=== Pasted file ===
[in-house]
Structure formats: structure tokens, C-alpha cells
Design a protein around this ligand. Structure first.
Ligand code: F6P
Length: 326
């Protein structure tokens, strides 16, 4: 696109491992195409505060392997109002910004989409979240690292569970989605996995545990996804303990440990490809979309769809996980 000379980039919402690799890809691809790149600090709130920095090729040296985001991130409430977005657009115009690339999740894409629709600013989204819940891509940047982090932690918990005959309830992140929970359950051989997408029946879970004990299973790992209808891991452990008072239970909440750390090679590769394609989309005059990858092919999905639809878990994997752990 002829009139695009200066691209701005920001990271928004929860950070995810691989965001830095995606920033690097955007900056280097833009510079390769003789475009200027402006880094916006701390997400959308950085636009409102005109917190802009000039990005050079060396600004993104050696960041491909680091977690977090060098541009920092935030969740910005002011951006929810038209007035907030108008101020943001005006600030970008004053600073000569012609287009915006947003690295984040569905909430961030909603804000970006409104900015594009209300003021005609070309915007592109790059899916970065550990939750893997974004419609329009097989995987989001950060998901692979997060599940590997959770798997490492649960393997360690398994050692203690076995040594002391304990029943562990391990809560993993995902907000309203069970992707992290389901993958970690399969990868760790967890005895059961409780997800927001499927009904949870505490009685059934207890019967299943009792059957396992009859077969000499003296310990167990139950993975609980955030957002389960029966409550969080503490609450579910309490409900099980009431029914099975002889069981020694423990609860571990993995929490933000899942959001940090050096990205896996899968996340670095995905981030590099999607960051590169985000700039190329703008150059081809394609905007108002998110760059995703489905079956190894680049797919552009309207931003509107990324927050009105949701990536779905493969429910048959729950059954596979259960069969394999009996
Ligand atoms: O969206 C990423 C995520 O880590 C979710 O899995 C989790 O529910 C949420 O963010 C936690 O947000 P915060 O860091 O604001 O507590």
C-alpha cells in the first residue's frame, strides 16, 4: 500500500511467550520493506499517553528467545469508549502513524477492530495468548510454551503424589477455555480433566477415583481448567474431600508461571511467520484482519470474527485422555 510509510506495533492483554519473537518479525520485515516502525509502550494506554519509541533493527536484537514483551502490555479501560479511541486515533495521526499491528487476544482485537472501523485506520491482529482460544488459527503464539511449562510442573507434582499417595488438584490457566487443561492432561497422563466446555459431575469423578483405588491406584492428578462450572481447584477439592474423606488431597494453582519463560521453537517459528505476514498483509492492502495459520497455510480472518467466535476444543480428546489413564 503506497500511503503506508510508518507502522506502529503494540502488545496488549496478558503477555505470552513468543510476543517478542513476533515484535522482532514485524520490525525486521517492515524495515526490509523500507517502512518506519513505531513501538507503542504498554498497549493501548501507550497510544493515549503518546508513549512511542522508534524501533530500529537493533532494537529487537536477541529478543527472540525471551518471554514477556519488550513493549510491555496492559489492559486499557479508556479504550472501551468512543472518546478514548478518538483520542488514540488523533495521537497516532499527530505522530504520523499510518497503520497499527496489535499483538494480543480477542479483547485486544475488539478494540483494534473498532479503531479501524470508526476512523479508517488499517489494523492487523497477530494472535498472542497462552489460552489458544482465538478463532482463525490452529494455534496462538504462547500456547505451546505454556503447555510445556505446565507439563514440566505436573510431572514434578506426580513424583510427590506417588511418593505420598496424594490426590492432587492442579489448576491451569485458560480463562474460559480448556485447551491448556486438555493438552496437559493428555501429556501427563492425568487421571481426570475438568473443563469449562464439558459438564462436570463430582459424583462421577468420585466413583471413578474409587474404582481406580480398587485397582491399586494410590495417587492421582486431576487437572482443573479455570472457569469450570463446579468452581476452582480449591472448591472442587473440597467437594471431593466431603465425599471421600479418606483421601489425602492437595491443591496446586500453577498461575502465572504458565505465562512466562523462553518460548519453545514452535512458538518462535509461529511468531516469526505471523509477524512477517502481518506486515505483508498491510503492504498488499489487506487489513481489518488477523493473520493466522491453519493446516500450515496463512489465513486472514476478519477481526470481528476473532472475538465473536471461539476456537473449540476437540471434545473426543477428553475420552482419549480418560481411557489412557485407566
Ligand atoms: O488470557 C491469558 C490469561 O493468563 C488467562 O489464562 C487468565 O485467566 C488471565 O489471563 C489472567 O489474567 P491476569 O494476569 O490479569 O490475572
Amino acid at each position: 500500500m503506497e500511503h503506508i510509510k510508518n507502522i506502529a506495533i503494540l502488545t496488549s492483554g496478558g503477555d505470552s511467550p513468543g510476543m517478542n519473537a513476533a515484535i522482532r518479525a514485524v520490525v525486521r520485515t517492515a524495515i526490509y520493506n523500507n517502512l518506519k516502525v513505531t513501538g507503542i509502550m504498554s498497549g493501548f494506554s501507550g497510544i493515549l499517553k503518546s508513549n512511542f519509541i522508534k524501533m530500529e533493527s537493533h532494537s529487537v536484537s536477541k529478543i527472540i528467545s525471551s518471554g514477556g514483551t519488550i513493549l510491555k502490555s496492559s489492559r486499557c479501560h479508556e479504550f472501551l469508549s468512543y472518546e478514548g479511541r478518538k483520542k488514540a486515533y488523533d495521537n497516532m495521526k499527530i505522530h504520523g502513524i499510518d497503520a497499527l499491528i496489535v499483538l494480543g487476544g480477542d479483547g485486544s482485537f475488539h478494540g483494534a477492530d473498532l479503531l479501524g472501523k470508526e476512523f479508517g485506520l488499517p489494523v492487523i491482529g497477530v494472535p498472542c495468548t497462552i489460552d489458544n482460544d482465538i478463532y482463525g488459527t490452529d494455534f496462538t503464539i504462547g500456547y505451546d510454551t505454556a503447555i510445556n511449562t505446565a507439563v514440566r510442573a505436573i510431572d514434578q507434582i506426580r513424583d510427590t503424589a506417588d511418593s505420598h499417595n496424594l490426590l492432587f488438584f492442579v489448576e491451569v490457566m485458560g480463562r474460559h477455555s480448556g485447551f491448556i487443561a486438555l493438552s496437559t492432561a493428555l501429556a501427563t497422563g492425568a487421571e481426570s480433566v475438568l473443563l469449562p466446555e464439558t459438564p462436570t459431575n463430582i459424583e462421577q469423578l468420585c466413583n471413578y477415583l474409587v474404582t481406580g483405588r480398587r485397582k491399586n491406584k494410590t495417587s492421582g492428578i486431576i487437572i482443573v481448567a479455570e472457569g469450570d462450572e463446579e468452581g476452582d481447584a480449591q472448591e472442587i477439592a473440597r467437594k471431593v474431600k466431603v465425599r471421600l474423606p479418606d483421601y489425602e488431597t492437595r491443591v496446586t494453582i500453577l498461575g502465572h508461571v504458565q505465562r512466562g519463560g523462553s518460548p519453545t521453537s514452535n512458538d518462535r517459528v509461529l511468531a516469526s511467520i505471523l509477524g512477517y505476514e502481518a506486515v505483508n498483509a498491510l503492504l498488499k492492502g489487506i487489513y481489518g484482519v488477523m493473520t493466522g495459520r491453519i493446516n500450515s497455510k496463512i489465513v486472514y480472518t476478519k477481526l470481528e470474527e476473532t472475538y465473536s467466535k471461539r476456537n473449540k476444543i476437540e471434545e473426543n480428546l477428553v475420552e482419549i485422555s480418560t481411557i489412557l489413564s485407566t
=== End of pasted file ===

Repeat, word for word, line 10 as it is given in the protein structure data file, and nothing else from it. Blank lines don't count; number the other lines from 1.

Amino acid at each position: 500500500m503506497e500511503h503506508i510509510k510508518n507502522i506502529a506495533i503494540l502488545t496488549s492483554g496478558g503477555d505470552s511467550p513468543g510476543m517478542n519473537a513476533a515484535i522482532r518479525a514485524v520490525v525486521r520485515t517492515a524495515i526490509y520493506n523500507n517502512l518506519k516502525v513505531t513501538g507503542i509502550m504498554s498497549g493501548f494506554s501507550g497510544i493515549l499517553k503518546s508513549n512511542f519509541i522508534k524501533m530500529e533493527s537493533h532494537s529487537v536484537s536477541k529478543i527472540i528467545s525471551s518471554g514477556g514483551t519488550i513493549l510491555k502490555s496492559s489492559r486499557c479501560h479508556e479504550f472501551l469508549s468512543y472518546e478514548g479511541r478518538k483520542k488514540a486515533y488523533d495521537n497516532m495521526k499527530i505522530h504520523g502513524i499510518d497503520a497499527l499491528i496489535v499483538l494480543g487476544g480477542d479483547g485486544s482485537f475488539h478494540g483494534a477492530d473498532l479503531l479501524g472501523k470508526e476512523f479508517g485506520l488499517p489494523v492487523i491482529g497477530v494472535p498472542c495468548t497462552i489460552d489458544n482460544d482465538i478463532y482463525g488459527t490452529d494455534f496462538t503464539i504462547g500456547y505451546d510454551t505454556a503447555i510445556n511449562t505446565a507439563v514440566r510442573a505436573i510431572d514434578q507434582i506426580r513424583d510427590t503424589a506417588d511418593s505420598h499417595n496424594l490426590l492432587f488438584f492442579v489448576e491451569v490457566m485458560g480463562r474460559h477455555s480448556g485447551f491448556i487443561a486438555l493438552s496437559t492432561a493428555l501429556a501427563t497422563g492425568a487421571e481426570s480433566v475438568l473443563l469449562p466446555e464439558t459438564p462436570t459431575n463430582i459424583e462421577q469423578l468420585c466413583n471413578y477415583l474409587v474404582t481406580g483405588r480398587r485397582k491399586n491406584k494410590t495417587s492421582g492428578i486431576i487437572i482443573v481448567a479455570e472457569g469450570d462450572e463446579e468452581g476452582d481447584a480449591q472448591e472442587i477439592a473440597r467437594k471431593v474431600k466431603v465425599r471421600l474423606p479418606d483421601y489425602e488431597t492437595r491443591v496446586t494453582i500453577l498461575g502465572h508461571v504458565q505465562r512466562g519463560g523462553s518460548p519453545t521453537s514452535n512458538d518462535r517459528v509461529l511468531a516469526s511467520i505471523l509477524g512477517y505476514e502481518a506486515v505483508n498483509a498491510l503492504l498488499k492492502g489487506i487489513y481489518g484482519v488477523m493473520t493466522g495459520r491453519i493446516n500450515s497455510k496463512i489465513v486472514y480472518t476478519k477481526l470481528e470474527e476473532t472475538y465473536s467466535k471461539r476456537n473449540k476444543i476437540e471434545e473426543n480428546l477428553v475420552e482419549i485422555s480418560t481411557i489412557l489413564s485407566t